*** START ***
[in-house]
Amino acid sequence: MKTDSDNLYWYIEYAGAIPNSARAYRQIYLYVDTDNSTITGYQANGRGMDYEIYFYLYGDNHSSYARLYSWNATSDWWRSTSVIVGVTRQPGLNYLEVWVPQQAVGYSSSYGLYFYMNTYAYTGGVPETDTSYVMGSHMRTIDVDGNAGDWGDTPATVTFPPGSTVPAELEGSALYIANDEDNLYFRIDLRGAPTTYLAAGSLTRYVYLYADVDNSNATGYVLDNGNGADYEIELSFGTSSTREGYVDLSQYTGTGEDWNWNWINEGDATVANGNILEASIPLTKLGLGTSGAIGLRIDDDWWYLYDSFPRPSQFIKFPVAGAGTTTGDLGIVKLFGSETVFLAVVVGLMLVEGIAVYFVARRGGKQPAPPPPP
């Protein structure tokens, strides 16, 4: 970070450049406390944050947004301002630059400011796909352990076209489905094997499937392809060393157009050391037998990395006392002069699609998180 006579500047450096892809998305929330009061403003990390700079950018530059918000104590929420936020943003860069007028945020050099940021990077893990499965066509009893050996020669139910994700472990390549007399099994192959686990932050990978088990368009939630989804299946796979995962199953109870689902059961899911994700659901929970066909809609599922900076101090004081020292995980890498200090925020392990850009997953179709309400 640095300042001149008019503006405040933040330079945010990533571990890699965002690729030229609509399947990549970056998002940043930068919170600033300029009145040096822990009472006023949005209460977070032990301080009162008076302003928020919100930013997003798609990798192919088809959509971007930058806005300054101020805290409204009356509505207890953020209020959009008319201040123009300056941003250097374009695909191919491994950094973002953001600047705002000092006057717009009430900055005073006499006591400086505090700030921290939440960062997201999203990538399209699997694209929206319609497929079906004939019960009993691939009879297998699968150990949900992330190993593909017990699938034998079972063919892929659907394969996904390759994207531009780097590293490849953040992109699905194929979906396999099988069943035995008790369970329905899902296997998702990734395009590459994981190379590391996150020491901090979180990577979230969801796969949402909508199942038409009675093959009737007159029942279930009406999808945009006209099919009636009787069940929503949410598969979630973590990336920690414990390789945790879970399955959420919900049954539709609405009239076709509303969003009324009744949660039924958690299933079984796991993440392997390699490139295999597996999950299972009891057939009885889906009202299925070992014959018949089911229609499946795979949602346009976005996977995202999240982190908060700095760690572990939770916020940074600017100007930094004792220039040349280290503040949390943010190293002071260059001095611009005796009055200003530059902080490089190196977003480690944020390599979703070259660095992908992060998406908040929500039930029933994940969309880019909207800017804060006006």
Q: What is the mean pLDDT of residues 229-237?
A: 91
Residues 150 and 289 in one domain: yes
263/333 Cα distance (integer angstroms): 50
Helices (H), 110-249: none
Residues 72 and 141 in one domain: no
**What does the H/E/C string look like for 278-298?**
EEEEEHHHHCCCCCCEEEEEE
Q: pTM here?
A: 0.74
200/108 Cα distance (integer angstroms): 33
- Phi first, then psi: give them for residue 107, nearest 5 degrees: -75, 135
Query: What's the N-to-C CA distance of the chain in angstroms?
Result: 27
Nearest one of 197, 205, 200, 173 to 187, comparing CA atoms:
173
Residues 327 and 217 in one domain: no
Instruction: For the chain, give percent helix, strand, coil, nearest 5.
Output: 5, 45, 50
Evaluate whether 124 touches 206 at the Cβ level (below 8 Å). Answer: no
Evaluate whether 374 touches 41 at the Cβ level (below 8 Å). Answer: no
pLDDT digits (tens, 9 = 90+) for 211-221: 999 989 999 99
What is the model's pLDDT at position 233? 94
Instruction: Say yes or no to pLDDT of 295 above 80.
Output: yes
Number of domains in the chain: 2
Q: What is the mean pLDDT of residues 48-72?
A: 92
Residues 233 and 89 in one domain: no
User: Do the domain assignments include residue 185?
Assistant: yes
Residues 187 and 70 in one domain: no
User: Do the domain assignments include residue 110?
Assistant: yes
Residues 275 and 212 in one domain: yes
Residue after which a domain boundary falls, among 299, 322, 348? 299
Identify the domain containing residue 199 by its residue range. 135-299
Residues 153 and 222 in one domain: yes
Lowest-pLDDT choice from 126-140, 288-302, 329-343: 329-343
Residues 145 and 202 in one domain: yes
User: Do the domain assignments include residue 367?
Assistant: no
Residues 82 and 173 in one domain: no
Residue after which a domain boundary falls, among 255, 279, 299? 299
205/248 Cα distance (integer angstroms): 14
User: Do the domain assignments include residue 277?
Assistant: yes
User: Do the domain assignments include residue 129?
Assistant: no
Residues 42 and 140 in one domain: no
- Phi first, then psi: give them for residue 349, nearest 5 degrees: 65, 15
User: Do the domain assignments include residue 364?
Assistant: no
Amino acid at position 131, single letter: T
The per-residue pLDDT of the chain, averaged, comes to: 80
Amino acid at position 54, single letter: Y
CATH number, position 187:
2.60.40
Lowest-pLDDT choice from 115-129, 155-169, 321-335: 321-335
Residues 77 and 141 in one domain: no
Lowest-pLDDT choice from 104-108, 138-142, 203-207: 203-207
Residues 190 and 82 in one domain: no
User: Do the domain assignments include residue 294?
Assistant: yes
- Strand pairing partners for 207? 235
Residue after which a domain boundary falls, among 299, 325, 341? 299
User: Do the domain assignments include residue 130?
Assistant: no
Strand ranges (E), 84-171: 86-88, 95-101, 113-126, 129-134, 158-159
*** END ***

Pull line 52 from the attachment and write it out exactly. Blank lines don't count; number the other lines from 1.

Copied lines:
Assistant: no